The implementation of the national security law has put the journalism industry at risk. Journalists and media outlets are now seeking ways to survive in the tight corners.
By Charlie Yip & Reus Lok
Protection of sources has become journalists’ major concern in Hong Kong after the introduction of national security law. “I won’t just phone call an interviewee whom I think is in need of high security. I will use applications such as Telegram or Signal to contact my interviewees,” says Ronson Chan Long-sing, the deputy assignment editor of The Stand News and the vice-chairperson of the Hong Kong Journalists Association (HKJA), says.
Signal is an instant messaging application currently on shelf with increasing popularity, especially among Hong Kongers after the law went into effect on June 30, 2020. It works just like other instant messaging tools, but with more security features such as end-to-end encryption for better privacy protection. To keep himself and his interviewees safe, Chan steps up security by using more reputable communication softwares and applications.
The national security law aims to prevent, stop and punish secession, subversion of state power, terrorist activities and collusion with foreign countries with legal accusation or even life imprisonment.
On August 10, 2020, Apple Daily founder Jimmy Lai, Lai’s younger son, Ian Lai Yiu-yan and a few executives of Next Digital Media, which is well-known for being critical of Beijing and the Hong Kong government, were arrested for alleged collusion with foreign forces.
About 200 officers raided the premises of the company in Tseung Kwan O and conducted inspection on news desks, sparking an outcry over the implications for press freedom.
Chan thinks that the law is generally seen as a menace to all media practitioners. “The law threatens freedom of speech and discourages people from voicing out their opinions,” he says. He also describes the job of journalists now as skating on thin ice and expects to see a decline in the number of outspoken media outlets which are critical of the government and Beijing.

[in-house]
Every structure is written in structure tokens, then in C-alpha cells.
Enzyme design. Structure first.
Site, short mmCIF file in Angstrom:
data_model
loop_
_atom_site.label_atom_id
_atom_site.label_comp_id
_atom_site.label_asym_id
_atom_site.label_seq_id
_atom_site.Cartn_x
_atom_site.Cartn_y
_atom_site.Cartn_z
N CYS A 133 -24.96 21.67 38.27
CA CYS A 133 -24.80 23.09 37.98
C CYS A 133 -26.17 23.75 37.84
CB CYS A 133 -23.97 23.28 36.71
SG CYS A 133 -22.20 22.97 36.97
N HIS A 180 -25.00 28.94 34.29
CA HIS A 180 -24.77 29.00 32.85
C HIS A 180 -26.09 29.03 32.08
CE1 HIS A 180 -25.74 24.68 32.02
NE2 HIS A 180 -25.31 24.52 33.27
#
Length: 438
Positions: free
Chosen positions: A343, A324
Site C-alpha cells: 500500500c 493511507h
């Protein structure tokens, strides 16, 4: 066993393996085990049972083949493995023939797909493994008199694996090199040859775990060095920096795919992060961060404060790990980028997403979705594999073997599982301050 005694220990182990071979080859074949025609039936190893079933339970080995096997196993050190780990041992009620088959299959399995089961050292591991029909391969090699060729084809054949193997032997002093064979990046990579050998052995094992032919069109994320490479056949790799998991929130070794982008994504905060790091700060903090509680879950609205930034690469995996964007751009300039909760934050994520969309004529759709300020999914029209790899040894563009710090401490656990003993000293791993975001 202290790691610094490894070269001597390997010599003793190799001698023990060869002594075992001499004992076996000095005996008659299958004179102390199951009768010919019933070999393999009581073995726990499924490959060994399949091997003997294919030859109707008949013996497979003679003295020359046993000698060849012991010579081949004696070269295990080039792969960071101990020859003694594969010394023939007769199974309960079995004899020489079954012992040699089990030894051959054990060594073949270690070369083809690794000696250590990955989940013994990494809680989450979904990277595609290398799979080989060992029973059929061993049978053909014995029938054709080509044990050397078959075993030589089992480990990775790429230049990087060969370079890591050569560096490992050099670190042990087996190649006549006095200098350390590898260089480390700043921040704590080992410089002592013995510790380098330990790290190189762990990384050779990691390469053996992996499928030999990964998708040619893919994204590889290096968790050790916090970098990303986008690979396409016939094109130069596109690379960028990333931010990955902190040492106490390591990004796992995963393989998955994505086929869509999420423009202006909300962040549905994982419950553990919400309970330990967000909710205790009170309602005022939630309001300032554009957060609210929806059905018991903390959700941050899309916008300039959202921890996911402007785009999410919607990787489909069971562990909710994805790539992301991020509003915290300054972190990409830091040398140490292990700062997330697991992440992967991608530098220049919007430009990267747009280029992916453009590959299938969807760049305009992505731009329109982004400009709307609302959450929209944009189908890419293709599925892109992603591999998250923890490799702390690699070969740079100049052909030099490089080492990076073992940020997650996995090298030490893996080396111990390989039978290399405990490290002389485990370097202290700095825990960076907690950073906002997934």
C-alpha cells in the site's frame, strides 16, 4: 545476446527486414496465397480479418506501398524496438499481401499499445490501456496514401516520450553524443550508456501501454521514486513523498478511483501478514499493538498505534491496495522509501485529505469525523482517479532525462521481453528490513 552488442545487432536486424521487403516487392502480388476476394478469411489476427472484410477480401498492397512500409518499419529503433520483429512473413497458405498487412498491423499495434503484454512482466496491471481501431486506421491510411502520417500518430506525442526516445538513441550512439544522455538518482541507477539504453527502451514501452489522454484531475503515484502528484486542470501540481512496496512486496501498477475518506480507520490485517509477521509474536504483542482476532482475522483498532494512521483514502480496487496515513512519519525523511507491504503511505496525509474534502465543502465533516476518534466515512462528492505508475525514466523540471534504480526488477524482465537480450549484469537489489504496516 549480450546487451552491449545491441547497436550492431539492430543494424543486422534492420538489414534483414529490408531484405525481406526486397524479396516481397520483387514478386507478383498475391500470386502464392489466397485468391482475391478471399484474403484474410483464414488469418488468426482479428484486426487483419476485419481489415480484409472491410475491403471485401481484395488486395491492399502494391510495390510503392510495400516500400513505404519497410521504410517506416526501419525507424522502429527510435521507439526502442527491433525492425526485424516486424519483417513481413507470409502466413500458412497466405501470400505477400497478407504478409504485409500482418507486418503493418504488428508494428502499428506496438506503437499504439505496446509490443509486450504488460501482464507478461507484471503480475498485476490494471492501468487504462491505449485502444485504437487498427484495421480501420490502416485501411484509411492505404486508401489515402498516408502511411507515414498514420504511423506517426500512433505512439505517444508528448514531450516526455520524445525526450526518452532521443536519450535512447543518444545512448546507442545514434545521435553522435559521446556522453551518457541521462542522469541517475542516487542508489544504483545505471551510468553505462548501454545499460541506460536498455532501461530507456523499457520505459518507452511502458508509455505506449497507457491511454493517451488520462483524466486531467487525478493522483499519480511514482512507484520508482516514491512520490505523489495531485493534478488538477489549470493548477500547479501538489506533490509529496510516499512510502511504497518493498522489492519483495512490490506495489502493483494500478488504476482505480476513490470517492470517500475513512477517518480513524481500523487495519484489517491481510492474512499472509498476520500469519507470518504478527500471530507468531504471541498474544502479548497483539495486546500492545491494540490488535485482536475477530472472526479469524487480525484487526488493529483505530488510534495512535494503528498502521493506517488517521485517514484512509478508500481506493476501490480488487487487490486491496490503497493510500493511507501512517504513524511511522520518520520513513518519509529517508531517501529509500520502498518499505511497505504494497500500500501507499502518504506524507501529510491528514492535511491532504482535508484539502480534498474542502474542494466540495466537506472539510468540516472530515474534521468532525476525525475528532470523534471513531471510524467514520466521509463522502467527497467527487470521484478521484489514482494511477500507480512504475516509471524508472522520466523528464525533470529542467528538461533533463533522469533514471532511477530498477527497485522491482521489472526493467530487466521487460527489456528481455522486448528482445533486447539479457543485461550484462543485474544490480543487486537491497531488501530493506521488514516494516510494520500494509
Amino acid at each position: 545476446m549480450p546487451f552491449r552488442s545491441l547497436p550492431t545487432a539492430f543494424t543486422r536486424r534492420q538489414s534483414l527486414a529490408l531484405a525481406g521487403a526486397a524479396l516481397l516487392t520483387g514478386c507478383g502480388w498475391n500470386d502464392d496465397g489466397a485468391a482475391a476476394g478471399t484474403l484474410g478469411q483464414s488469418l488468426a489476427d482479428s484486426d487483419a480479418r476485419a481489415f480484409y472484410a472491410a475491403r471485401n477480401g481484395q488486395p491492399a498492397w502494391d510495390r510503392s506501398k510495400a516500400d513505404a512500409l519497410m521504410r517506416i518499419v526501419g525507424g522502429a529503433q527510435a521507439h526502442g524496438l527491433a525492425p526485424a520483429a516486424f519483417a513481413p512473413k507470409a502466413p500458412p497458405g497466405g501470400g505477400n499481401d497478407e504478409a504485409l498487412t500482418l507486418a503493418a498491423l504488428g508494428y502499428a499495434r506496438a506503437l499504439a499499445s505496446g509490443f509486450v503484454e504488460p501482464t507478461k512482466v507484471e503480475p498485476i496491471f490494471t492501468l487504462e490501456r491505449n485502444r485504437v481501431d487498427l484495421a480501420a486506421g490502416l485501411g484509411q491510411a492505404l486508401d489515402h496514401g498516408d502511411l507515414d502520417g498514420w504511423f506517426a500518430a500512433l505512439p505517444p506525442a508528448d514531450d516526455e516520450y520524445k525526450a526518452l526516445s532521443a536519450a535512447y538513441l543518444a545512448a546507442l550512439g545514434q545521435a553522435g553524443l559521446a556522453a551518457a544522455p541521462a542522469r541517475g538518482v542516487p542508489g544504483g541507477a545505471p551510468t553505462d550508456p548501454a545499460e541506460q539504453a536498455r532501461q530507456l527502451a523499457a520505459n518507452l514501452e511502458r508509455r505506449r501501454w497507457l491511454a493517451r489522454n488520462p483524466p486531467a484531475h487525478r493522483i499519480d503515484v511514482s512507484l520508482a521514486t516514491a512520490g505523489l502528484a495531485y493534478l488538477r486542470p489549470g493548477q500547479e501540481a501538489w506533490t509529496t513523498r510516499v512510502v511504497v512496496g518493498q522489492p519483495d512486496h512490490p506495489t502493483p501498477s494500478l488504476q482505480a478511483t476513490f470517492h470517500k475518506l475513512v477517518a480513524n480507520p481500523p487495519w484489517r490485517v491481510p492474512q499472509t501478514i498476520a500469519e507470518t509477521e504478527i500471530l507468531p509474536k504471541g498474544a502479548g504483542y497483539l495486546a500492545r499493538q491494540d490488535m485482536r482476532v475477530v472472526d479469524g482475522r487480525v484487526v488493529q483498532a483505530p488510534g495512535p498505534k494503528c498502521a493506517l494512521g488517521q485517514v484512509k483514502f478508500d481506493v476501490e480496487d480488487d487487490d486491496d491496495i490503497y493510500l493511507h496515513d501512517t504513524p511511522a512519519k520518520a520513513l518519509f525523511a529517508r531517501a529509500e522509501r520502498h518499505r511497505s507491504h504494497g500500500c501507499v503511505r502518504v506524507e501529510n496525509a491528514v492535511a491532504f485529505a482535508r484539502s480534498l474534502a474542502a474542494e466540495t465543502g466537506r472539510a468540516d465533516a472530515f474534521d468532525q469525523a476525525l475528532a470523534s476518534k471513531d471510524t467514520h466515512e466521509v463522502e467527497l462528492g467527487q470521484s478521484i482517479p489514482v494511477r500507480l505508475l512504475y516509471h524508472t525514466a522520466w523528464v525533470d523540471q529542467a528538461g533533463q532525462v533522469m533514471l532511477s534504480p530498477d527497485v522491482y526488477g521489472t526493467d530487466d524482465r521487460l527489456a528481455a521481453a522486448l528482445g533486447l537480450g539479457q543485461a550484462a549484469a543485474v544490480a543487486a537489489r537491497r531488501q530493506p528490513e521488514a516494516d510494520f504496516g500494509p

“The law threatens freedom of speech and discourages people from voicing out their opinions.”
“Of course my wife and my parents are worried about me, but they’re well-aware of my passion and ambition for my job,” Chan says. He also reveals that he is mentally prepared for the worst.
Deterrent Effect and Panic
Cheung*, a free-lance reporter, shares Chan’s worries. She thinks ambiguity in the law allows flexibility for interpretation. “The law gives them a very convenient tool to curb press freedom,” Cheung says.
Cheung is worried and aware that some journalists have already self-censored their works to avoid falling into any legal trap.
“No matter what aspect a story is about, say education or entertainment, as long as it is associated with politics, people no longer have the guts to speak up. It makes the interviewing process much harder when even speaking the truth has such serious consequences,” she says.
“Holding the authorities accountable and informing the public are the two main responsibilities of journalists. Unfortunately, under the national security law, perhaps journalists can no longer serve the public, but the government. We have to report the truth even when we are facing an increasing risk,” Cheung adds.
“Unfortunately, under the national security law, perhaps journalists can no longer serve the public, but the government.”
Journalism is at Risk
The HKJA conducted a survey after the introduction of the law between June 8 and June 11. Of the 535 journalists polled, 98 per cent disagreed with the enactment of the national security law and 98 per cent were concerned about adverse effects on press freedom and expected stronger self-censorship.
Chris Yeung Kin-hing, chairman of the association, says that the concern reflected in the survey is well-founded. He cites wordings such as “incites” and “advocates” in some articles of the national security law as sources of worries, as reporters could be incriminated by wordings such as ‘incites’ and ‘advocates’ easily.
Hong Kong ranks 80 out of 180 in 2020 World Press Freedom Index as compared to 18 in 2002 when the index was first launched. Yeung expects a further decline in Hong Kong’s ranking in press freedom after the introduction of the national security law.
Yeung points out foreign journalists are having difficulties in applying for working visas in Hong Kong. On August 25, the Immigration Department denied a working visa application filed by an editor hired by Hong Kong Free Press (HKPF).
“The government has not explained this matter, but it is believed to be related to the law,” Yeung says. He expects to see a rise in the number of similar cases.